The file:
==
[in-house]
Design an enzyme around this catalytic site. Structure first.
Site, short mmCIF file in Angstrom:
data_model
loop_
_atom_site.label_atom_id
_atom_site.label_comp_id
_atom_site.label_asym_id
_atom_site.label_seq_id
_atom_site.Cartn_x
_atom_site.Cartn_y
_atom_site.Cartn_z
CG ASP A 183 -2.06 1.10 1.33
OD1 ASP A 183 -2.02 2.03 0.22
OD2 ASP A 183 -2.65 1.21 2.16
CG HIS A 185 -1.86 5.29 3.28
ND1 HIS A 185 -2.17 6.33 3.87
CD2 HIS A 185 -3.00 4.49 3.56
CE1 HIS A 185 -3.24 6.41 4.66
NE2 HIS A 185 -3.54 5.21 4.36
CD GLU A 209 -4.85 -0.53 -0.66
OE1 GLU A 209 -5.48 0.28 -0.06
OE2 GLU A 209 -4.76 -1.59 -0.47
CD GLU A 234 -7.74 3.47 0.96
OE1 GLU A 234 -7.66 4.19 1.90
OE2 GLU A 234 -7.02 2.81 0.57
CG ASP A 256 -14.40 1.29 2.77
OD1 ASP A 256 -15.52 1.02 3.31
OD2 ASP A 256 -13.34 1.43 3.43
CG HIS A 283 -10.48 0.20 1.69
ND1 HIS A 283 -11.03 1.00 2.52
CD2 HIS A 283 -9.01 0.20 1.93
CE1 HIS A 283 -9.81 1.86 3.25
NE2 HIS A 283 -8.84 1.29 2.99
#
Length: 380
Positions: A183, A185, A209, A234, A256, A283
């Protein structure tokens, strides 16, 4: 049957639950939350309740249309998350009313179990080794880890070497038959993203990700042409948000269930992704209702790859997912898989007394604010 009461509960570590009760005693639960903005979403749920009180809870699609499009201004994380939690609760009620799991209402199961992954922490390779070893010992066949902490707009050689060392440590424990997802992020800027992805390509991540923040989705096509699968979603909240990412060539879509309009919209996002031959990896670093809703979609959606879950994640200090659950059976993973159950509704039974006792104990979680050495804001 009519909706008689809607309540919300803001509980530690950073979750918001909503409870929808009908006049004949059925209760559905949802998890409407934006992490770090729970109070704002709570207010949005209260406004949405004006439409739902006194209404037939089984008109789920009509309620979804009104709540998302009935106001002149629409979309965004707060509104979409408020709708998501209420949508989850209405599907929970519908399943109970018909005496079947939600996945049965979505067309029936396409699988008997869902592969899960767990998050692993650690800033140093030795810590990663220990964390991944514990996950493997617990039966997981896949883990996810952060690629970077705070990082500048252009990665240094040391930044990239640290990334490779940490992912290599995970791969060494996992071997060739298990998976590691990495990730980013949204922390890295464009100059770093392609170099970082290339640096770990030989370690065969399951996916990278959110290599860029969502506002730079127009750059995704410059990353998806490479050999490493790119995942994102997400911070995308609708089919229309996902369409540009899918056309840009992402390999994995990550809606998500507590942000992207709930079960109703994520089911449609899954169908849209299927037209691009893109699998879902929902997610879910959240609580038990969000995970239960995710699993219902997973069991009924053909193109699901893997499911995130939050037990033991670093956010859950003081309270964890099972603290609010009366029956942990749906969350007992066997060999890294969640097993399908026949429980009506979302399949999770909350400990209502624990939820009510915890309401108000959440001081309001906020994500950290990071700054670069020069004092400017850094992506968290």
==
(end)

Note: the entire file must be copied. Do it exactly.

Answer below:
[in-house]
Design an enzyme around this catalytic site. Structure first.
Site, short mmCIF file in Angstrom:
data_model
loop_
_atom_site.label_atom_id
_atom_site.label_comp_id
_atom_site.label_asym_id
_atom_site.label_seq_id
_atom_site.Cartn_x
_atom_site.Cartn_y
_atom_site.Cartn_z
CG ASP A 183 -2.06 1.10 1.33
OD1 ASP A 183 -2.02 2.03 0.22
OD2 ASP A 183 -2.65 1.21 2.16
CG HIS A 185 -1.86 5.29 3.28
ND1 HIS A 185 -2.17 6.33 3.87
CD2 HIS A 185 -3.00 4.49 3.56
CE1 HIS A 185 -3.24 6.41 4.66
NE2 HIS A 185 -3.54 5.21 4.36
CD GLU A 209 -4.85 -0.53 -0.66
OE1 GLU A 209 -5.48 0.28 -0.06
OE2 GLU A 209 -4.76 -1.59 -0.47
CD GLU A 234 -7.74 3.47 0.96
OE1 GLU A 234 -7.66 4.19 1.90
OE2 GLU A 234 -7.02 2.81 0.57
CG ASP A 256 -14.40 1.29 2.77
OD1 ASP A 256 -15.52 1.02 3.31
OD2 ASP A 256 -13.34 1.43 3.43
CG HIS A 283 -10.48 0.20 1.69
ND1 HIS A 283 -11.03 1.00 2.52
CD2 HIS A 283 -9.01 0.20 1.93
CE1 HIS A 283 -9.81 1.86 3.25
NE2 HIS A 283 -8.84 1.29 2.99
#
Length: 380
Positions: A183, A185, A209, A234, A256, A283
């Protein structure tokens, strides 16, 4: 049957639950939350309740249309998350009313179990080794880890070497038959993203990700042409948000269930992704209702790859997912898989007394604010 009461509960570590009760005693639960903005979403749920009180809870699609499009201004994380939690609760009620799991209402199961992954922490390779070893010992066949902490707009050689060392440590424990997802992020800027992805390509991540923040989705096509699968979603909240990412060539879509309009919209996002031959990896670093809703979609959606879950994640200090659950059976993973159950509704039974006792104990979680050495804001 009519909706008689809607309540919300803001509980530690950073979750918001909503409870929808009908006049004949059925209760559905949802998890409407934006992490770090729970109070704002709570207010949005209260406004949405004006439409739902006194209404037939089984008109789920009509309620979804009104709540998302009935106001002149629409979309965004707060509104979409408020709708998501209420949508989850209405599907929970519908399943109970018909005496079947939600996945049965979505067309029936396409699988008997869902592969899960767990998050692993650690800033140093030795810590990663220990964390991944514990996950493997617990039966997981896949883990996810952060690629970077705070990082500048252009990665240094040391930044990239640290990334490779940490992912290599995970791969060494996992071997060739298990998976590691990495990730980013949204922390890295464009100059770093392609170099970082290339640096770990030989370690065969399951996916990278959110290599860029969502506002730079127009750059995704410059990353998806490479050999490493790119995942994102997400911070995308609708089919229309996902369409540009899918056309840009992402390999994995990550809606998500507590942000992207709930079960109703994520089911449609899954169908849209299927037209691009893109699998879902929902997610879910959240609580038990969000995970239960995710699993219902997973069991009924053909193109699901893997499911995130939050037990033991670093956010859950003081309270964890099972603290609010009366029956942990749906969350007992066997060999890294969640097993399908026949429980009506979302399949999770909350400990209502624990939820009510915890309401108000959440001081309001906020994500950290990071700054670069020069004092400017850094992506968290």